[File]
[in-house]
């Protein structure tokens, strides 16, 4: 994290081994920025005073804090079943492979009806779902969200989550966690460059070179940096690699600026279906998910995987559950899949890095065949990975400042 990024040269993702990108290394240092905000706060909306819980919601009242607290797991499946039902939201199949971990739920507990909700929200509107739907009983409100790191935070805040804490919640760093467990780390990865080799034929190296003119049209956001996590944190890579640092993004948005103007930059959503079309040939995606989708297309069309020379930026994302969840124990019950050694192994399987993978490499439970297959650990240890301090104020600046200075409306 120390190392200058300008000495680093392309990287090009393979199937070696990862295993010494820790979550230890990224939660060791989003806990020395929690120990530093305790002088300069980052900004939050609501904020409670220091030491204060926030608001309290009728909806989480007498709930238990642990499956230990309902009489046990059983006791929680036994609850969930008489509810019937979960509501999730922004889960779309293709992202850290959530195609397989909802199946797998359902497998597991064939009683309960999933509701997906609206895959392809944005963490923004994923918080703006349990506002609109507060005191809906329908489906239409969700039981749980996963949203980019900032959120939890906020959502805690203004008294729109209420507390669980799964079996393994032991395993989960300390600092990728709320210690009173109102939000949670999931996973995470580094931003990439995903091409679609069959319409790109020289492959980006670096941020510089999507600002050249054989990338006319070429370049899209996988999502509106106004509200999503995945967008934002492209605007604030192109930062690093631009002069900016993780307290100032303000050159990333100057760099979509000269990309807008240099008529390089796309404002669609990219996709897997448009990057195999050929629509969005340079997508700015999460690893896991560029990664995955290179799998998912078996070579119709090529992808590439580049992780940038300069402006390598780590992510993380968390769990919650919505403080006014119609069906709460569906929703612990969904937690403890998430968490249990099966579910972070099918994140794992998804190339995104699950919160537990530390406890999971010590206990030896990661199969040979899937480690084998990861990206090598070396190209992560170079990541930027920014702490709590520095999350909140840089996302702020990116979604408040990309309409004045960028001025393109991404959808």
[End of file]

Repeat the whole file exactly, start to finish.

[in-house]
């Protein structure tokens, strides 16, 4: 994290081994920025005073804090079943492979009806779902969200989550966690460059070179940096690699600026279906998910995987559950899949890095065949990975400042 990024040269993702990108290394240092905000706060909306819980919601009242607290797991499946039902939201199949971990739920507990909700929200509107739907009983409100790191935070805040804490919640760093467990780390990865080799034929190296003119049209956001996590944190890579640092993004948005103007930059959503079309040939995606989708297309069309020379930026994302969840124990019950050694192994399987993978490499439970297959650990240890301090104020600046200075409306 120390190392200058300008000495680093392309990287090009393979199937070696990862295993010494820790979550230890990224939660060791989003806990020395929690120990530093305790002088300069980052900004939050609501904020409670220091030491204060926030608001309290009728909806989480007498709930238990642990499956230990309902009489046990059983006791929680036994609850969930008489509810019937979960509501999730922004889960779309293709992202850290959530195609397989909802199946797998359902497998597991064939009683309960999933509701997906609206895959392809944005963490923004994923918080703006349990506002609109507060005191809906329908489906239409969700039981749980996963949203980019900032959120939890906020959502805690203004008294729109209420507390669980799964079996393994032991395993989960300390600092990728709320210690009173109102939000949670999931996973995470580094931003990439995903091409679609069959319409790109020289492959980006670096941020510089999507600002050249054989990338006319070429370049899209996988999502509106106004509200999503995945967008934002492209605007604030192109930062690093631009002069900016993780307290100032303000050159990333100057760099979509000269990309807008240099008529390089796309404002669609990219996709897997448009990057195999050929629509969005340079997508700015999460690893896991560029990664995955290179799998998912078996070579119709090529992808590439580049992780940038300069402006390598780590992510993380968390769990919650919505403080006014119609069906709460569906929703612990969904937690403890998430968490249990099966579910972070099918994140794992998804190339995104699950919160537990530390406890999971010590206990030896990661199969040979899937480690084998990861990206090598070396190209992560170079990541930027920014702490709590520095999350909140840089996302702020990116979604408040990309309409004045960028001025393109991404959808």